Whipping post – strangely it is NOT and addition to any LSA/I technologies. I dare say we may have missed the boat and it never left AdSense/AdWords. This is a standalone method that is far more comprehensive than LSI …. Jim seems to be getting the idea….

I'm basically agreeing with you (as far as I can tell). In my mind, it is an extension - or an evolution, if you like - to an LSI-type algo. Note particularly the word "type" there - I've always tried to be careful in discussions in not saying that G is employing LSI; we don't know.

But we do know it is something like LSI, at least. I don't think it's too difficult to extrapolate a scenario where, once you have all that data for single words, and once the technology becomes available, you can start crunching numbers that tie words together to form a better oppinion of what is actually being discussed... just as we do in the real world.

Example: "Breaking neck" - Says one thing, but "Breaking neck speed" tells me a bit more about the exact nature of the conversation. Now I would expect a narrower range of words like: cars, bikes, boats, whatever...

thegypsy




msg:3249311
 5:13 pm on Feb 11, 2007 (gmt 0)

Ok.. I am with you there...

If they didn't use some of the LSI technologies, it seems it may have motivated them to work on a system such as this.... so the genesis is likely LSI based one could surmise most certainly

TheWhippinpost




msg:3249326
 5:32 pm on Feb 11, 2007 (gmt 0)

Although I have a couple of "issues" with MHes's synopsis - mainly because I've not witnessed the "950" phenomenom, and I think the cluster of documents should be viewed more widely to encompass all web pages that fit the topic queried - I think he's close (at least to the model I have in my head anyway).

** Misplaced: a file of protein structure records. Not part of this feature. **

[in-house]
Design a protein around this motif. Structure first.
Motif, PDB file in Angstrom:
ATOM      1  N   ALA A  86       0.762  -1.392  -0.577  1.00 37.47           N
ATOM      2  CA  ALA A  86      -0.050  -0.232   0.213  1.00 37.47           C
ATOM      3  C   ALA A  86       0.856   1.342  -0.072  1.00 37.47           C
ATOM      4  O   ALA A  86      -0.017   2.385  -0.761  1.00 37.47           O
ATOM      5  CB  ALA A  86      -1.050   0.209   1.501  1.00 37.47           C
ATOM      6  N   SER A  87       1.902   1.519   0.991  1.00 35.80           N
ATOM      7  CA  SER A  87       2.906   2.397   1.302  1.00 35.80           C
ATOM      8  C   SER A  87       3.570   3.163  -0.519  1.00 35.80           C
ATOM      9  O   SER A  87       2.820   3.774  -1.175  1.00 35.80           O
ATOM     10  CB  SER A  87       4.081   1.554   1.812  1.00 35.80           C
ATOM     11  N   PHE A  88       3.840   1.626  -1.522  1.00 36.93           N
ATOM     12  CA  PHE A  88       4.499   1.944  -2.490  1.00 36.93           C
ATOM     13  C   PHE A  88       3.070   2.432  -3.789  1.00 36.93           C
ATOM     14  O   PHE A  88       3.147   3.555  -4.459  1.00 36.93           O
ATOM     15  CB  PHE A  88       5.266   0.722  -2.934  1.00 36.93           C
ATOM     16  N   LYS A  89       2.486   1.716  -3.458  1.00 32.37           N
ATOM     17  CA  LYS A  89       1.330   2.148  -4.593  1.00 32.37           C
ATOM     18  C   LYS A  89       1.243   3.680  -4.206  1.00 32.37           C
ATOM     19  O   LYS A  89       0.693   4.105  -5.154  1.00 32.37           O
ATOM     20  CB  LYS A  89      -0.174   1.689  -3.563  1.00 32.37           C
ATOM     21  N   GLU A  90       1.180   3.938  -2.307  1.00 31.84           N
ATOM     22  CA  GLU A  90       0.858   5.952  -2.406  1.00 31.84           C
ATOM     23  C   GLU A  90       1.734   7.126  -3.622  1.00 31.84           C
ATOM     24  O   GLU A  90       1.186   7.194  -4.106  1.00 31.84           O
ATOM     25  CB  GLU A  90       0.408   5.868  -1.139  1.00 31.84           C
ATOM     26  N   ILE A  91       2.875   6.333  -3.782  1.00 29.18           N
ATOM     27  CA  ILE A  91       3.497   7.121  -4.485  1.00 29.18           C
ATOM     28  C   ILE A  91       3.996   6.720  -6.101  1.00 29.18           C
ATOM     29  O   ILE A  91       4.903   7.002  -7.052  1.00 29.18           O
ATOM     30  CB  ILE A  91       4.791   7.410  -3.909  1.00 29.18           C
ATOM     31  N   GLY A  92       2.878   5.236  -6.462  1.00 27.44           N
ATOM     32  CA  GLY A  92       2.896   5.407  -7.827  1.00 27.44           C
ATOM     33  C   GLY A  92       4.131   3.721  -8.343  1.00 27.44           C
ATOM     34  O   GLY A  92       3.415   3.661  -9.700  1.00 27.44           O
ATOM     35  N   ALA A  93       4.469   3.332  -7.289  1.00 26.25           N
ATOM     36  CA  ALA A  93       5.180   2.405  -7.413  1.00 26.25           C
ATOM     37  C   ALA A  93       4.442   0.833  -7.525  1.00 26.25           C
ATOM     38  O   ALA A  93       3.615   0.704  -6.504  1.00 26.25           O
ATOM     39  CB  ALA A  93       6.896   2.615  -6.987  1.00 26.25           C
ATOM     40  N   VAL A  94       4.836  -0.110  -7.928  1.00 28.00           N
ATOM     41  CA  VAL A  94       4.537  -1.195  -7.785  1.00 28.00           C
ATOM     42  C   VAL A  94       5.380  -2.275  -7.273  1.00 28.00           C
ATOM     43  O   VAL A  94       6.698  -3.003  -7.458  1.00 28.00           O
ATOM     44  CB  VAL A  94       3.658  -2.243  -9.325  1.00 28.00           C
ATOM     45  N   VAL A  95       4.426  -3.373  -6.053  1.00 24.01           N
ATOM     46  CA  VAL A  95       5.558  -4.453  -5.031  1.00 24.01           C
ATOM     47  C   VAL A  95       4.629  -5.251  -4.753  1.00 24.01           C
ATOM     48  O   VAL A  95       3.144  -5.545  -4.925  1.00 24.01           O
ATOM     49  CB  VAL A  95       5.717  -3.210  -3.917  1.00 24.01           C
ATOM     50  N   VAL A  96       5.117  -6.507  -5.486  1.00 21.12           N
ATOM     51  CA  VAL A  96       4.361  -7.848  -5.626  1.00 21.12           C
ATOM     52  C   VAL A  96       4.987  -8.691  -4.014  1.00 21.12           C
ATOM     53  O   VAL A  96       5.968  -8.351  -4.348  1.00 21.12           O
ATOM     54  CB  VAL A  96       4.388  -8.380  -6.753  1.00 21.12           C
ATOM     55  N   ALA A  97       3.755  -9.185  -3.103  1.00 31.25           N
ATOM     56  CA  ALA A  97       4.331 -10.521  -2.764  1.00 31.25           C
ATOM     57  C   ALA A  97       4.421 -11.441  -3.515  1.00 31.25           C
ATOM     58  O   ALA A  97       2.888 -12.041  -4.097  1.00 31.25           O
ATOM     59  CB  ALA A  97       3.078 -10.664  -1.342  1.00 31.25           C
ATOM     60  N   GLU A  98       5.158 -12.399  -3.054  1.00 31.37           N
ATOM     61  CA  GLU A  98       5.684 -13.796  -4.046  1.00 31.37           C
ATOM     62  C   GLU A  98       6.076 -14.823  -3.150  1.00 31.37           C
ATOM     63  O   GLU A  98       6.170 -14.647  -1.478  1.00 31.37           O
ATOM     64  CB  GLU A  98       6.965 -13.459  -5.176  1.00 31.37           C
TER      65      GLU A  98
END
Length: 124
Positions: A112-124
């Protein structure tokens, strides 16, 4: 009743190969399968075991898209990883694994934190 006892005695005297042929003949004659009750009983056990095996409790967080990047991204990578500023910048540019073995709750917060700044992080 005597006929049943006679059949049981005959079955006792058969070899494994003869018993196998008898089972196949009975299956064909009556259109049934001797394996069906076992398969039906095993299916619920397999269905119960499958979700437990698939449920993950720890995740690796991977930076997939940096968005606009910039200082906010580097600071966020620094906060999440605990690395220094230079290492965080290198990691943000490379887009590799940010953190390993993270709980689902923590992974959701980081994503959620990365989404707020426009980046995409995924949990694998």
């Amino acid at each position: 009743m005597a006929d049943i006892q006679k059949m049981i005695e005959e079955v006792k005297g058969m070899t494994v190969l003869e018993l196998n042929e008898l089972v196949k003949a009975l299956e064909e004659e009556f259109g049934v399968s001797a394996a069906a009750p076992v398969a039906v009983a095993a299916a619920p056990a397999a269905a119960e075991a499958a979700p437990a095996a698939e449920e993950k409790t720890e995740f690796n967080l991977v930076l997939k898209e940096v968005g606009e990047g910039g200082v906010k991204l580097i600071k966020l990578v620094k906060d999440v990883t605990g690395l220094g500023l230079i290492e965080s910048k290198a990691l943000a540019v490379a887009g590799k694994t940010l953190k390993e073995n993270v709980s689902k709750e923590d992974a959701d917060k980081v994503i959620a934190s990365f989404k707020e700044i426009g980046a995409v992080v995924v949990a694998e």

One potential problem keeps haunting me in all this though...

We could safely say, I think, that Einstein's paper on Relativity is the authoritive document on the subject. From that paper we're introduced, for the first time, to the phrase, "Theory of Relativity".

And from that phrase we would somewhere expect MC(squared) and so on...

OK, so let's imagine that from the point of publication, a million documents are written by students, teachers, scientists, hobbyists, whoever...

And every one of those documents are wrong - They talk about (and refer to) each others documents and conclusions. They introduce along the way, other phrases which become a part of the community's language... but they are wrong, and have skewed Einstein's works.

What, and how, could Google combat that false-positive?

... and then relate that to your own field?

(Incidentally, Einstein said that, fact is truth, because we agree it is (or words to that effect), this false-positive example underlines the danger of that, for Google (and us), quite nicely.)

[edited by: TheWhippinpost at 5:37 pm (utc) on Feb. 11, 2007]

MHes




msg:3249412
 7:46 pm on Feb 11, 2007 (gmt 0)

TheWhippinpost - I suppose Google is not in the business of evaluating 'truth'. However, I seem to remember Brett talking of 'owning keywords'. In essence, I took this to mean that there is some weight given to the first recorded occurance of a 'new' phrase. Thus Einstein's web page would be remembered as being an authority for that phrase and difficult to displace.

>While I appreciate the analogy and insight, let’s NOT get into -3 ..950 ..whatever penalties. It is a silly discussion you will NEVER see me having, unless to tell folks NOT to.

OK, so why did you say in your intro that you wanted.... "suspicians of PaIR being at work in the -whatever penaties... more evidence that is it being implemented." Or am I reading you wrong? What do you want in this thread? I think a discussion without reference to 950 is a bit pointless.

cabbie




msg:3249478
 9:44 pm on Feb 11, 2007 (gmt 0)

For all of google's patents to detect spam, their results have never been so full of it.

This 75 message thread spans 3 pages: 75 ( [1] 2 3 > >